Tuesday, 1 February 2022

An Emirati Armata - The Golden Unit HIFV


By Stijn Mitzer
 
The heavy infantry fighting vehicle (HIFV) concept has found little success with militaries around the world. Although the HIFV's heavy firepower and increased armour protection is of particular use during fighting in urban areas, the hefty pricetag of most HIFVs and their niche role have been enough to dissuade most militaries from ever acquiring them. Still, new HIFVs are designed to this day, with the Russian T-15 Armata, the Israeli Namer (HIFV) and the Chinese VT4 being some of the more recent examples. Of these, only the Namer has so far entered service.
 
HIFVs are based on tank chassis' as a rule, with Ukraine even opting to lengthen a T-72 to allow for an infantry compartment to be installed between the engine and the turret. The resulting design, the BMT-72, could carry five dismounts and still be used as a tank. Other tank-based designs like the Chinese ZTZ59, the Jordanian Temsah and the Ukrainian Babylon lost their turret but were rearmed with autocannons and/or ATGMs. Each of these designs can also double as a fire-support vehicle, setting them apart from heavy armoured personnel carriers like the BMP-55.

Another country that has been looking at the HIFV concept with significant interest is the United Arab Emirates (UAE). In the mid-2000s, the UAE operated in excess of 600 BMP-3 infantry fighting vehicles (IFVs) acquired from Russia during the 1990s. [1] These operated alongside a fleet of some 400 French Leclerc MBTs, presenting the UAE with the most modern and capable Armoured Force in the entire region at that time. Even then the UAE sought to expand on its existing capabilities by introducing a new vehicle type to its arsenal: The HIFV.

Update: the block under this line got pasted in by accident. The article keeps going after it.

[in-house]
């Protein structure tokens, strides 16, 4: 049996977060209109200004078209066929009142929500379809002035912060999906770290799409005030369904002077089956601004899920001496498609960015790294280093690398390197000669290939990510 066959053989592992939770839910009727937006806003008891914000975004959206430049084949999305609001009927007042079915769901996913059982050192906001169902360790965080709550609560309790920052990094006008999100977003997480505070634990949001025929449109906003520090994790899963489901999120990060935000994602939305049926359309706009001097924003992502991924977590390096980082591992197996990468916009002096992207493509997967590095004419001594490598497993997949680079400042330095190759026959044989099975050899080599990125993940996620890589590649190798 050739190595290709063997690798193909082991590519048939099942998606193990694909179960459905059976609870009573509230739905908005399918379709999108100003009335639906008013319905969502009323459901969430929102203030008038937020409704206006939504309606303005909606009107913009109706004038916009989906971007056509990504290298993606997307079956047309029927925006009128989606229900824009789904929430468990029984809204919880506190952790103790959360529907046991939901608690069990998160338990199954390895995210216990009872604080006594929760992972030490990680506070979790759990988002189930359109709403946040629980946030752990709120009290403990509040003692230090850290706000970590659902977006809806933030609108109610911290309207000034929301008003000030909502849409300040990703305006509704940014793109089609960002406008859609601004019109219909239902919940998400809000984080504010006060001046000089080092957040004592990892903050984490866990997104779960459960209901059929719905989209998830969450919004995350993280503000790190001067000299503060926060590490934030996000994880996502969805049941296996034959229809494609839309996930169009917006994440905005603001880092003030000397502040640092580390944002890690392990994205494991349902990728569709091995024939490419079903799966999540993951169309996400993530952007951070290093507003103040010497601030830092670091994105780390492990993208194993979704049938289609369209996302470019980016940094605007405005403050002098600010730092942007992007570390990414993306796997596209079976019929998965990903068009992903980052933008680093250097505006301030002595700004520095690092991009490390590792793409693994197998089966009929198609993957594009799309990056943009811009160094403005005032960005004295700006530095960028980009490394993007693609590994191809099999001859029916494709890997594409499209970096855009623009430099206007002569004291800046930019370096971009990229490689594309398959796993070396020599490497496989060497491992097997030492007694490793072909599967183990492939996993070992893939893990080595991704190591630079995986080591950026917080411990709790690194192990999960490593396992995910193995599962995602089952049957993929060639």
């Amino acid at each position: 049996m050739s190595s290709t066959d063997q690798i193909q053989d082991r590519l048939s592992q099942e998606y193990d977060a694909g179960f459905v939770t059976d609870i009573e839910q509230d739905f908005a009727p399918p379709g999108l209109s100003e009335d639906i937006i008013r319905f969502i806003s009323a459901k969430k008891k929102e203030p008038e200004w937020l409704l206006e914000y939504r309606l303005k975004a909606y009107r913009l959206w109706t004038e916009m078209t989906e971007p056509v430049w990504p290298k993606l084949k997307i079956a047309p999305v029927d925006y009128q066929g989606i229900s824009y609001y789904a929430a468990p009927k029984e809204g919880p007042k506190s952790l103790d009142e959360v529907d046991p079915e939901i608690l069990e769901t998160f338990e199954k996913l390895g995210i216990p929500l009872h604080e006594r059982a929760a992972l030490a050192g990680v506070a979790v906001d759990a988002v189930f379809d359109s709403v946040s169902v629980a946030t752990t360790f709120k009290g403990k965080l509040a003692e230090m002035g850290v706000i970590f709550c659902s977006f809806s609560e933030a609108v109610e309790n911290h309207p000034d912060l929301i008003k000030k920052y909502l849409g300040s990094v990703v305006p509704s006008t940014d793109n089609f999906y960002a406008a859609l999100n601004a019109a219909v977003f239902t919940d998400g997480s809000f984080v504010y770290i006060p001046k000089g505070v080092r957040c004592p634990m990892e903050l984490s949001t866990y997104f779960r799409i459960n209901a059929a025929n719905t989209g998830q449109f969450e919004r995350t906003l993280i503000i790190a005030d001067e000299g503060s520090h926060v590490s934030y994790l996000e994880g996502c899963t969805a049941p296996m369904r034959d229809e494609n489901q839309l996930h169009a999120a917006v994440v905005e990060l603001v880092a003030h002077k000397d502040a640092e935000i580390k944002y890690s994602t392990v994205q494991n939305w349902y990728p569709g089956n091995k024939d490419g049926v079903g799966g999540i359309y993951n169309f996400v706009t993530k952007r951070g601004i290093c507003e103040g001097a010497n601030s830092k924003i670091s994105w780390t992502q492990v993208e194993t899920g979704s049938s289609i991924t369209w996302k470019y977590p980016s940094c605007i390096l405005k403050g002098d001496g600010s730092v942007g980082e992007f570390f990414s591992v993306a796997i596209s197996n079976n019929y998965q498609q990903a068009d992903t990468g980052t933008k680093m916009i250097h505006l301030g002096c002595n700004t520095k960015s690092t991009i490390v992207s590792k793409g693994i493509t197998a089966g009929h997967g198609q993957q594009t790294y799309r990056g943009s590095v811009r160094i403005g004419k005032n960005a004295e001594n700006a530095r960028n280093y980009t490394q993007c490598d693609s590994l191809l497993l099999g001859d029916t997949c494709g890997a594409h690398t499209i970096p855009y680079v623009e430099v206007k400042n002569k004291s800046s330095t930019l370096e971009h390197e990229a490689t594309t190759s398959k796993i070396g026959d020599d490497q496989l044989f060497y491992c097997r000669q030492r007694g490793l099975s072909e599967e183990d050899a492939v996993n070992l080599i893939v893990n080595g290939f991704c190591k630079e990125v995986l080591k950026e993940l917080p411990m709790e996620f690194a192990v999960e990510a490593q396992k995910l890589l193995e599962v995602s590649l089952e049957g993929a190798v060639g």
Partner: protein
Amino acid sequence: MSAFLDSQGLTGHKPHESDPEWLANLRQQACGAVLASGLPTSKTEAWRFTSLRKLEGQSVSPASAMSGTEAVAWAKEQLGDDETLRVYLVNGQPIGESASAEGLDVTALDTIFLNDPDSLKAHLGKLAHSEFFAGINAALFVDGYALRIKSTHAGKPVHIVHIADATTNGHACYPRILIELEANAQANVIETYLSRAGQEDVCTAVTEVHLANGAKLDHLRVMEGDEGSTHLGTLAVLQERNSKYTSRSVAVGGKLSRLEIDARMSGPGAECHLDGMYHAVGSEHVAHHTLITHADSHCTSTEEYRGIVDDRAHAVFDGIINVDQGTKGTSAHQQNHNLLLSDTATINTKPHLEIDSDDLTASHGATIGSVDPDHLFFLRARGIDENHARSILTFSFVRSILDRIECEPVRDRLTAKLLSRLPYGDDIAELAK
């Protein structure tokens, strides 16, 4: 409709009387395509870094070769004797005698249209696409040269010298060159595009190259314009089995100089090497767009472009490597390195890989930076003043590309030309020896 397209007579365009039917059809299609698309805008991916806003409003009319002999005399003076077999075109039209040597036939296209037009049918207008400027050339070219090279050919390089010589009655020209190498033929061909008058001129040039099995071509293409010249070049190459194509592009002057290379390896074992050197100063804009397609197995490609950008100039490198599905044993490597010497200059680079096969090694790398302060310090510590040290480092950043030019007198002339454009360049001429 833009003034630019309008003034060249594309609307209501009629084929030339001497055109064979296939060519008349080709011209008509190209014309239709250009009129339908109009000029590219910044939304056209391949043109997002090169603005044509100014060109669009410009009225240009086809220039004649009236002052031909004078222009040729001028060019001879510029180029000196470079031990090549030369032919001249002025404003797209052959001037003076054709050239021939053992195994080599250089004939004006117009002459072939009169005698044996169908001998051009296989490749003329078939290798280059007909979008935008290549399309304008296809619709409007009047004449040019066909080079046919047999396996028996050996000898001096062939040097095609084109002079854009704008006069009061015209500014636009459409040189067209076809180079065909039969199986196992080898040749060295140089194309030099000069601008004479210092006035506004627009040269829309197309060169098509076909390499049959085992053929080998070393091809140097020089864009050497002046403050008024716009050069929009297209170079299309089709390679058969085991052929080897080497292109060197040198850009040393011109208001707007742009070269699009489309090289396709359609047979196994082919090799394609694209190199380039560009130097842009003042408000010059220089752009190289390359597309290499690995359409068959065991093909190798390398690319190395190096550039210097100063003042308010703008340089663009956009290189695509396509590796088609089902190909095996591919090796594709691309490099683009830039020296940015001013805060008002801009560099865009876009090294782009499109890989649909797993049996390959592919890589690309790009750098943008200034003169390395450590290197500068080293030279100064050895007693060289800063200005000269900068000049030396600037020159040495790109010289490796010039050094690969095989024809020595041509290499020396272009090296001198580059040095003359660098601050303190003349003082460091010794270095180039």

Rather than purchasing an existing HIFV design from abroad, the UAE launched its own project for the conversion of redundant MBT hulls to HIFVs. At that time, the UAE still maintained a stock of some forty OF-40s MBTs it had purchased from Italy in the early-to-mid 1980s. [1] After the arrival of the Leclerc MBTs, the OF-40s were put into storage. With its fleet of Leclerc MBTs already surpassing its own needs after the fall of Saddam Hussein in 2003, there no longer was a need to maintain the OF-40s as strategic reserve, paving the way for their conversion to HIFVs.

Although the export-oriented OF-40 proved to be a commercial disapointment, its chassis was eventually re-used for the Palmaria SPG, which entered service with Libya and Italy in large numbers.

Now that a suitable platform had been found, the UAE awarded a 15.8 million USD contract to the Belgian Sabiex International company (now known as OIP Land Systems) to rebuild one OF-40 to a HIFV in 2005. [2] Sabiex already had experience in refurbishing and upgrading a wide range of armoured fighting vehicles from both Western and Eastern origin, many of which are still offered for sale today. The project to convert a MBT into an heavily armoured vehicle that could also carry infantry arguably was the company's most ambitious undertaking up until that point.